Rescuers continued to look for survivors late Thursday amid unprecedented floods that flooded a hospital in Fort Myers. More patients were pushed to safety by workers.
More than 2 million people in Florida were still without power Thursday night, and officials warned that it could be days, if not weeks, before power is restored.
The Category 4 hurricane made landfall as one of the fiercest ever to strike the United States. Ian destroyed the sole access route to Sanibel Island.
Many individuals who had been evacuated from their houses had no idea what they would find when they returned. A former Chicago couple who talked to East County Gazette on Thursday night was among the hundreds who were worried.
Terry followed up with the husband and wife, who had just moved into their new house before leaving a few days later.
Lynn Hudson-Brown had some concerns as Hurricane Ian barreled into Florida with 150 mph winds.
“I’m scared,” Hudson-Brown said. “I was more afraid of the house than for ourselves, since we’d gotten out of there.”
Hudson-Brown and her spouse just relocated from Chicago to Tampa.
“We had a greeting committee named Hurricane Ian,” she said.
Path of the Storm
Ian’s itinerary initially put Tampa in the direct path of the storm, but the couple still had supplies transported from Chicago.
“Our final pod hadn’t come yet,” Hudson-Brown said, “and it held everything like our generator and a lot of stuff you need to withstand a storm.”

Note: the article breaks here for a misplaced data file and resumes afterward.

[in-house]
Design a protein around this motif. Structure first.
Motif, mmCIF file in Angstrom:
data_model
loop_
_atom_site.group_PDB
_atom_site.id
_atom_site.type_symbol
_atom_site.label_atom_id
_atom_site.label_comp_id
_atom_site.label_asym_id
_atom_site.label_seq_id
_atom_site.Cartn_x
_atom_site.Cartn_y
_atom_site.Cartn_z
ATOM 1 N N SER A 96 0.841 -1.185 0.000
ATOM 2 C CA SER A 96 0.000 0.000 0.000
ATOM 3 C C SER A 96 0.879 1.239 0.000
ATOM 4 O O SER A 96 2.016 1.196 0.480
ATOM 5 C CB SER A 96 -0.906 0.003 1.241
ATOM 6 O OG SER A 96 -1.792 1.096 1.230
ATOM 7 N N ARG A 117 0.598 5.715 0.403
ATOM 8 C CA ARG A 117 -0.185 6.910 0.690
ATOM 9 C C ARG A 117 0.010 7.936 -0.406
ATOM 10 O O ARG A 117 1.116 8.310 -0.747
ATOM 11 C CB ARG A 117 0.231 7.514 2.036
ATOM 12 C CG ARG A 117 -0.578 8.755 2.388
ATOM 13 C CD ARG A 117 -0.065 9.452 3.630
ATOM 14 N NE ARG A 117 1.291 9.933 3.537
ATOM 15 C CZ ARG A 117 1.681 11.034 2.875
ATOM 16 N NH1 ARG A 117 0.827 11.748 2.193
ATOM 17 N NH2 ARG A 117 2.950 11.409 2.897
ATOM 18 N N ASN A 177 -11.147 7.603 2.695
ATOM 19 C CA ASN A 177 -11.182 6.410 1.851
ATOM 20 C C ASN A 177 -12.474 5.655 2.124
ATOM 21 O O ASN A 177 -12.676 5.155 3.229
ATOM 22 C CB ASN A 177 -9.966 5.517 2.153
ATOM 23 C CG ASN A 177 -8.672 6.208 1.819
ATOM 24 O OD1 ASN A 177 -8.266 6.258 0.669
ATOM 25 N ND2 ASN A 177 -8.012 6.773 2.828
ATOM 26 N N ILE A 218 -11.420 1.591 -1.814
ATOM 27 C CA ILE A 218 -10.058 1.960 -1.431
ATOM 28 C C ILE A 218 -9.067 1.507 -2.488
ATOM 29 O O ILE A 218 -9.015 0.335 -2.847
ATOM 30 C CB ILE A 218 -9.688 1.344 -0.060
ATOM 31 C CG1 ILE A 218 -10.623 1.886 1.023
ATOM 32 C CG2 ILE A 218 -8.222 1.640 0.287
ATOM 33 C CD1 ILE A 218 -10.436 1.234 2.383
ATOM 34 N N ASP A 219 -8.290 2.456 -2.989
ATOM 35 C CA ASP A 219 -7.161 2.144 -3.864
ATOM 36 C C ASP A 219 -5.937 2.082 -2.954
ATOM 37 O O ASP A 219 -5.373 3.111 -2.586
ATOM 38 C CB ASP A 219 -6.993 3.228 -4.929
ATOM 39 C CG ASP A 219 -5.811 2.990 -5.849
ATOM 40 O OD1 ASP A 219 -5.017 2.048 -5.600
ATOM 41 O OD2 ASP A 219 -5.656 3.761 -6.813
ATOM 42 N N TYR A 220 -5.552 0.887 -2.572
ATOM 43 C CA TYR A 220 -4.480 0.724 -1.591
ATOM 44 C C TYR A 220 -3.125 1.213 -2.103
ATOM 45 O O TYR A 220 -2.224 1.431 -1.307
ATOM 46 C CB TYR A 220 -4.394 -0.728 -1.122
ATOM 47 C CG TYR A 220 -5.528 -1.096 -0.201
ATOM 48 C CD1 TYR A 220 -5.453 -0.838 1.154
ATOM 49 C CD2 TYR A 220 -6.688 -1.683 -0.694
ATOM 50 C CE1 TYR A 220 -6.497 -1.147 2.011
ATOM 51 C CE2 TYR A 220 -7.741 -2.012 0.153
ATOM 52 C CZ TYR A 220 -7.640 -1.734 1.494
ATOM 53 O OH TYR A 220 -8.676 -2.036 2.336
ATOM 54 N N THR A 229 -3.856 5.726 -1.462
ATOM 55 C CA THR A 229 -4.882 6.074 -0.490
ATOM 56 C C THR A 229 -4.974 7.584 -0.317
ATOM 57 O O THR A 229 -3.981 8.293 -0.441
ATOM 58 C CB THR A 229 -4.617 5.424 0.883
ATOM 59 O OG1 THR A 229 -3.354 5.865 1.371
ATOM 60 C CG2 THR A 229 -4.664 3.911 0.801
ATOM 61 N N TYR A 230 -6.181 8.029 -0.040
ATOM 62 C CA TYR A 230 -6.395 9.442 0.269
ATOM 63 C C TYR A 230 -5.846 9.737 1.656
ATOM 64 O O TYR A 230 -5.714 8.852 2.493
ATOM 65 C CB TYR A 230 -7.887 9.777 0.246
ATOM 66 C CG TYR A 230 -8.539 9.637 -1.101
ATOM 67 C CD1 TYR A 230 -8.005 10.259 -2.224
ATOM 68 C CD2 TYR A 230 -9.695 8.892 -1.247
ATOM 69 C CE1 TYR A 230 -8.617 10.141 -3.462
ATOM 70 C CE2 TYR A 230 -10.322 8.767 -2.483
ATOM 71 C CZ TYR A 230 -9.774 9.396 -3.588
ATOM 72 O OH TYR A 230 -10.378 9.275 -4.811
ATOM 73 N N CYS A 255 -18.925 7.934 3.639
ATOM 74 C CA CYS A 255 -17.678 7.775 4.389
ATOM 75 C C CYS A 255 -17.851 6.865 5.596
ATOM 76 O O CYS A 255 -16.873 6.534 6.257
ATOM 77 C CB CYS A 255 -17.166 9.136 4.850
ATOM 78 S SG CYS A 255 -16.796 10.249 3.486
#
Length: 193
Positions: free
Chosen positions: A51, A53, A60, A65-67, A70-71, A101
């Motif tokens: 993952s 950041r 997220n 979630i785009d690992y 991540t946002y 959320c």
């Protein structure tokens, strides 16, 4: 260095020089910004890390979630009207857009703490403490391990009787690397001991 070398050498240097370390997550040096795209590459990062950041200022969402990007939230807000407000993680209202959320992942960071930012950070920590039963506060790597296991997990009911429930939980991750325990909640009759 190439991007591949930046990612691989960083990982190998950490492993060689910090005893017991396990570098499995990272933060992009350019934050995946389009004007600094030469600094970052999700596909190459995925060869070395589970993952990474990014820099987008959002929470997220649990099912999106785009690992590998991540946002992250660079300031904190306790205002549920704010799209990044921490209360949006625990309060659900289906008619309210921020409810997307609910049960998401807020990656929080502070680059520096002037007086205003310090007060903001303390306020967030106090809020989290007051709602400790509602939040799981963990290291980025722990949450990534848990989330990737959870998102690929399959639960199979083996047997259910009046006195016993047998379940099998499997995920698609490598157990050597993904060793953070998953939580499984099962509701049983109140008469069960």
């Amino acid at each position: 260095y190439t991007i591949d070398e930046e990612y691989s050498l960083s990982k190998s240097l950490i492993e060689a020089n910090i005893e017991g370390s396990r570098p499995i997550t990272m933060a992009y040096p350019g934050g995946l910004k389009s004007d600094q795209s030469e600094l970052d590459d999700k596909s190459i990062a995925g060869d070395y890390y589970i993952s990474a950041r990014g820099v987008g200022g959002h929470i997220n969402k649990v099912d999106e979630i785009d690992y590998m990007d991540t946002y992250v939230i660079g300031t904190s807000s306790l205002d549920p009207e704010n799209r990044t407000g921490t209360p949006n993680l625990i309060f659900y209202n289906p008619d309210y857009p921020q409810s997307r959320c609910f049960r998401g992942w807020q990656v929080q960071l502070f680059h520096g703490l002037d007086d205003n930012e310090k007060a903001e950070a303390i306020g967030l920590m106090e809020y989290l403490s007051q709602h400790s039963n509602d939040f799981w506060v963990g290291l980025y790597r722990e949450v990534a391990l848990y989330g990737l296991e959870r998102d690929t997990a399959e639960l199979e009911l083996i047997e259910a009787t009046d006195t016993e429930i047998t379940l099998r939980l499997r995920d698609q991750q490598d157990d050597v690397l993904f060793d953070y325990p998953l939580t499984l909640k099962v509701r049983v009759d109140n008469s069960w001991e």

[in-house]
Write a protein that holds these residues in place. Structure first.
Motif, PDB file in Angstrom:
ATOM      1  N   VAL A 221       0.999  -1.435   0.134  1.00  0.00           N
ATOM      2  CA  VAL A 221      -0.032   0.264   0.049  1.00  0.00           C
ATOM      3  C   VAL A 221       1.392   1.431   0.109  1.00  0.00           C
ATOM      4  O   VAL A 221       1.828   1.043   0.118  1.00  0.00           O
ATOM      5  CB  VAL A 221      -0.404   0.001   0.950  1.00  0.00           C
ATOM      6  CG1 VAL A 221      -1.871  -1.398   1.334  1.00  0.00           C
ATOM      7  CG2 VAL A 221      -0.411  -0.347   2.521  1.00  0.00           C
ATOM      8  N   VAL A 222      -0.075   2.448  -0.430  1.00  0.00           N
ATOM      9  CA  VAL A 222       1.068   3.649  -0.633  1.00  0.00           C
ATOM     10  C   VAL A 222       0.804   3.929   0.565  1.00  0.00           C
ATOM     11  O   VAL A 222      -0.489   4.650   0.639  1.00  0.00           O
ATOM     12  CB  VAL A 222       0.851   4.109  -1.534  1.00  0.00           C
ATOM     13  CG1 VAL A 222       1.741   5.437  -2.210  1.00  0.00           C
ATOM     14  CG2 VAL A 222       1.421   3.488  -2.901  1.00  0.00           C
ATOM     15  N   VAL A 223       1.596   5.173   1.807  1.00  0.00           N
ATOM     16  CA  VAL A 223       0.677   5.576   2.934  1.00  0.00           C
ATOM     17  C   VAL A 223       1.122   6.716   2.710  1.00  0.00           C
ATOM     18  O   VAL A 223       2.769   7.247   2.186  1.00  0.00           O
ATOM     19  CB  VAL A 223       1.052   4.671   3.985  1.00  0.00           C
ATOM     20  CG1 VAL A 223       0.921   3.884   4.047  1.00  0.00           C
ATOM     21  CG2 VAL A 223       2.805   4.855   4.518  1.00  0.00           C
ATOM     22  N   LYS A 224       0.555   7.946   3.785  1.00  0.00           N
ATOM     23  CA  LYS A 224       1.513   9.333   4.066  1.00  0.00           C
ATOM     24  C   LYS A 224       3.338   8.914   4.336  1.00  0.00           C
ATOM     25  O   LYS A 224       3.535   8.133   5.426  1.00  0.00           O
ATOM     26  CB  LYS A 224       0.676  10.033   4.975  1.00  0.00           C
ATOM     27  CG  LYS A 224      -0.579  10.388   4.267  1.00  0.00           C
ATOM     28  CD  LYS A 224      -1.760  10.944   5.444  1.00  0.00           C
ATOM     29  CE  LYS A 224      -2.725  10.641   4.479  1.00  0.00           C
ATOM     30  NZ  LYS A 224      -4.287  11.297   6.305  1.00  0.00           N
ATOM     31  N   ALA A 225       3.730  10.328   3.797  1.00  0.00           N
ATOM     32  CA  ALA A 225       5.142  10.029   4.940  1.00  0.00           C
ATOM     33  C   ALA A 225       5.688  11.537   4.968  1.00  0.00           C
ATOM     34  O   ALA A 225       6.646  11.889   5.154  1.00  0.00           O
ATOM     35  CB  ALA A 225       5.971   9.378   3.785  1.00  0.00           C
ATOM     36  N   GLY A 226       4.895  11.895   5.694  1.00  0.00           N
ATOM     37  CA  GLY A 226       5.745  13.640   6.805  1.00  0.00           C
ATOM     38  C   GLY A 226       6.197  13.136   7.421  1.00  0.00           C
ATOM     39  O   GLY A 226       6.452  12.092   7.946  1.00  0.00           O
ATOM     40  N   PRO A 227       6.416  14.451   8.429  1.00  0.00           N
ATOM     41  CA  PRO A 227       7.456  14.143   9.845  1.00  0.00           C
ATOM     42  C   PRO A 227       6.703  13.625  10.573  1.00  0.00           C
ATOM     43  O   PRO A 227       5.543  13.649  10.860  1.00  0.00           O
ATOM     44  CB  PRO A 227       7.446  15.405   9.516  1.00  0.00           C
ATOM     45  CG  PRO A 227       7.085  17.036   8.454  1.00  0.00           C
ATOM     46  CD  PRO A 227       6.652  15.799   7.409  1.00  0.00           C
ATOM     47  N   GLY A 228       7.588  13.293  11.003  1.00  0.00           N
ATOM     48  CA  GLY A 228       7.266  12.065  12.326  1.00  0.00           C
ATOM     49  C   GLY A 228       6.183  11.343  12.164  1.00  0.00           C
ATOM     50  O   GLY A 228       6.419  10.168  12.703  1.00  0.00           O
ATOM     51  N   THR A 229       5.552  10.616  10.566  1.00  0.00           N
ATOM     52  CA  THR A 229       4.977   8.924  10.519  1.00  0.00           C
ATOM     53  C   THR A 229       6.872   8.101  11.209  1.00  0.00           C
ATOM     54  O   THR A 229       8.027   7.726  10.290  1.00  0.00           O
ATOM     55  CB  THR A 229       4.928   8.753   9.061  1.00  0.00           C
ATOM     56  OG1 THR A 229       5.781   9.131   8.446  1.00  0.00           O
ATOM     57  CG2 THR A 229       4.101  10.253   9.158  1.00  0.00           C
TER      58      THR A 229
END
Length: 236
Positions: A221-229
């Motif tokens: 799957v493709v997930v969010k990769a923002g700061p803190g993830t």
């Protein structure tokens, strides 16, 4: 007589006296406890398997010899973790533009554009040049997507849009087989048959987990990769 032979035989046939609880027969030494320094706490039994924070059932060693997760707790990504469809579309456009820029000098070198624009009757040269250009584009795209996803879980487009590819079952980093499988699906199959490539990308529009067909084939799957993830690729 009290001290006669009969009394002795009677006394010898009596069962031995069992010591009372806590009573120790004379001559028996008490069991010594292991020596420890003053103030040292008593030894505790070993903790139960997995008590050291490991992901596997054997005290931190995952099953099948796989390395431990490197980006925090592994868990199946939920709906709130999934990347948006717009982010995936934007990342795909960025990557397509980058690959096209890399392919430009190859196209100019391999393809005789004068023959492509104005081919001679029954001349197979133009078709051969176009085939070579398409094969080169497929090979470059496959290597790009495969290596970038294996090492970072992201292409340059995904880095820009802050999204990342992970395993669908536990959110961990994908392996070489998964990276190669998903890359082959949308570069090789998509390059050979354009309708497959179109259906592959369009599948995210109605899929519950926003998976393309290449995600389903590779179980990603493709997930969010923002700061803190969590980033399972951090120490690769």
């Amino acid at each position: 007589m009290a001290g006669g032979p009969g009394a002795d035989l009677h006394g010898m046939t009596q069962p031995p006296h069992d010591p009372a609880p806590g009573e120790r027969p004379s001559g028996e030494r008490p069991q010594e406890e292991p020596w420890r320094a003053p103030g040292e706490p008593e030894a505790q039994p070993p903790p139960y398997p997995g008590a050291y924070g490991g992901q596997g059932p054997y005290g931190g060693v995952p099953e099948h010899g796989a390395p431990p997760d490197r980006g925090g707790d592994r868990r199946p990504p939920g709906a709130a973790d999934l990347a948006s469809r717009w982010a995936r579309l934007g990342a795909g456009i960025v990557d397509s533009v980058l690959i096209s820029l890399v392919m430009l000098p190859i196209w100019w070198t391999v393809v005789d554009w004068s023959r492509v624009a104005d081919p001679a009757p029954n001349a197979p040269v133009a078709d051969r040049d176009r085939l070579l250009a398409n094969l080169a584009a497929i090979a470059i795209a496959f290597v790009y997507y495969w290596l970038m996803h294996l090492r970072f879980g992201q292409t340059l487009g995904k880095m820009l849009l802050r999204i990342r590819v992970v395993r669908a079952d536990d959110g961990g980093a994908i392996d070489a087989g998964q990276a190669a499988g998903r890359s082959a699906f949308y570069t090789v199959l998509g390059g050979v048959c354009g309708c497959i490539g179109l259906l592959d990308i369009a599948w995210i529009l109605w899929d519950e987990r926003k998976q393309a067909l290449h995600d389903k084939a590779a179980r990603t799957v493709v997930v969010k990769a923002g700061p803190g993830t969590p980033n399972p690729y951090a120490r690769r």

Hudson-Brown and her spouse decided to take the warning seriously. They fled on Tuesday, taking the highway south to Fort Lauderdale.
They went past Fort Myers, where the hurricane would eventually make landfall. Hudson-Brown took several photos of the heavy clouds.
“When traffic began to pile up in the Fort Myers area, I pleaded to God, ‘Oh Lord, don’t let us get caught here,'” she said. “It was simply a gloomy sky.”
Homes Turned to Streets and Rivers
Ian devastated houses, turned streets into rivers, and decimated coastal communities. Hudson-Brown was concerned about the appearance of her community.
“I was praying to God not to drown our whole street,” she said.
And now, the Chicagoan-turned-Florida resident has weathered a Category 4 storm.
“What a great way to welcome us to Florida,” she said. “However, I wouldn’t exchange it for the winters again.”
On Friday, Hudson-Brown and her husband intend to return to Tampa. They opted to wait an additional day so that staff could clean the roads.
It is now assumed that their residence was not harmed. Despite the carnage surrounding them, Hudson-Brown considers herself fortunate.